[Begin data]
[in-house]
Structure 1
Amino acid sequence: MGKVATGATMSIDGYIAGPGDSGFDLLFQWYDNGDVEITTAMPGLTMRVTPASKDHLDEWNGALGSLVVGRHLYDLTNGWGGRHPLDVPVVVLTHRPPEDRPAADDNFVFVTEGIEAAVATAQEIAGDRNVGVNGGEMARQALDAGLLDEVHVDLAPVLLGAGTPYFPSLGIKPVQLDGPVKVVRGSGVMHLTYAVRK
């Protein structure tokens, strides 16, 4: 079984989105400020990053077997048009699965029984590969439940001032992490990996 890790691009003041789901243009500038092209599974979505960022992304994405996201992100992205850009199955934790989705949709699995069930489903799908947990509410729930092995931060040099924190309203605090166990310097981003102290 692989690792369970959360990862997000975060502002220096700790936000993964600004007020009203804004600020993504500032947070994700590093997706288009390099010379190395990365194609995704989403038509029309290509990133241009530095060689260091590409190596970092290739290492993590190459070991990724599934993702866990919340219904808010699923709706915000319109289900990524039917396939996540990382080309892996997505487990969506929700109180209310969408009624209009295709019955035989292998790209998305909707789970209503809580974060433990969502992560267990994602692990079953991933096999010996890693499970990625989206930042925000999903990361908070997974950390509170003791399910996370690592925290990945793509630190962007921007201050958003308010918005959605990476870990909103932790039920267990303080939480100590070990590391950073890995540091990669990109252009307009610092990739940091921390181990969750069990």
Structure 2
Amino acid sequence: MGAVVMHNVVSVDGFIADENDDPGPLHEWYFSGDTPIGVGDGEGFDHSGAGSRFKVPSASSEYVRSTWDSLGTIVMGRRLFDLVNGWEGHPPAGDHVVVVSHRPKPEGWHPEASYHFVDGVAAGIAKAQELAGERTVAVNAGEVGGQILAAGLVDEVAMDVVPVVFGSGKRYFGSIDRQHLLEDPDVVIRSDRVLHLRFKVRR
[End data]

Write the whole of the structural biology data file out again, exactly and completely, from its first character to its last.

[in-house]
Structure 1
Amino acid sequence: MGKVATGATMSIDGYIAGPGDSGFDLLFQWYDNGDVEITTAMPGLTMRVTPASKDHLDEWNGALGSLVVGRHLYDLTNGWGGRHPLDVPVVVLTHRPPEDRPAADDNFVFVTEGIEAAVATAQEIAGDRNVGVNGGEMARQALDAGLLDEVHVDLAPVLLGAGTPYFPSLGIKPVQLDGPVKVVRGSGVMHLTYAVRK
């Protein structure tokens, strides 16, 4: 079984989105400020990053077997048009699965029984590969439940001032992490990996 890790691009003041789901243009500038092209599974979505960022992304994405996201992100992205850009199955934790989705949709699995069930489903799908947990509410729930092995931060040099924190309203605090166990310097981003102290 692989690792369970959360990862997000975060502002220096700790936000993964600004007020009203804004600020993504500032947070994700590093997706288009390099010379190395990365194609995704989403038509029309290509990133241009530095060689260091590409190596970092290739290492993590190459070991990724599934993702866990919340219904808010699923709706915000319109289900990524039917396939996540990382080309892996997505487990969506929700109180209310969408009624209009295709019955035989292998790209998305909707789970209503809580974060433990969502992560267990994602692990079953991933096999010996890693499970990625989206930042925000999903990361908070997974950390509170003791399910996370690592925290990945793509630190962007921007201050958003308010918005959605990476870990909103932790039920267990303080939480100590070990590391950073890995540091990669990109252009307009610092990739940091921390181990969750069990």
Structure 2
Amino acid sequence: MGAVVMHNVVSVDGFIADENDDPGPLHEWYFSGDTPIGVGDGEGFDHSGAGSRFKVPSASSEYVRSTWDSLGTIVMGRRLFDLVNGWEGHPPAGDHVVVVSHRPKPEGWHPEASYHFVDGVAAGIAKAQELAGERTVAVNAGEVGGQILAAGLVDEVAMDVVPVVFGSGKRYFGSIDRQHLLEDPDVVIRSDRVLHLRFKVRR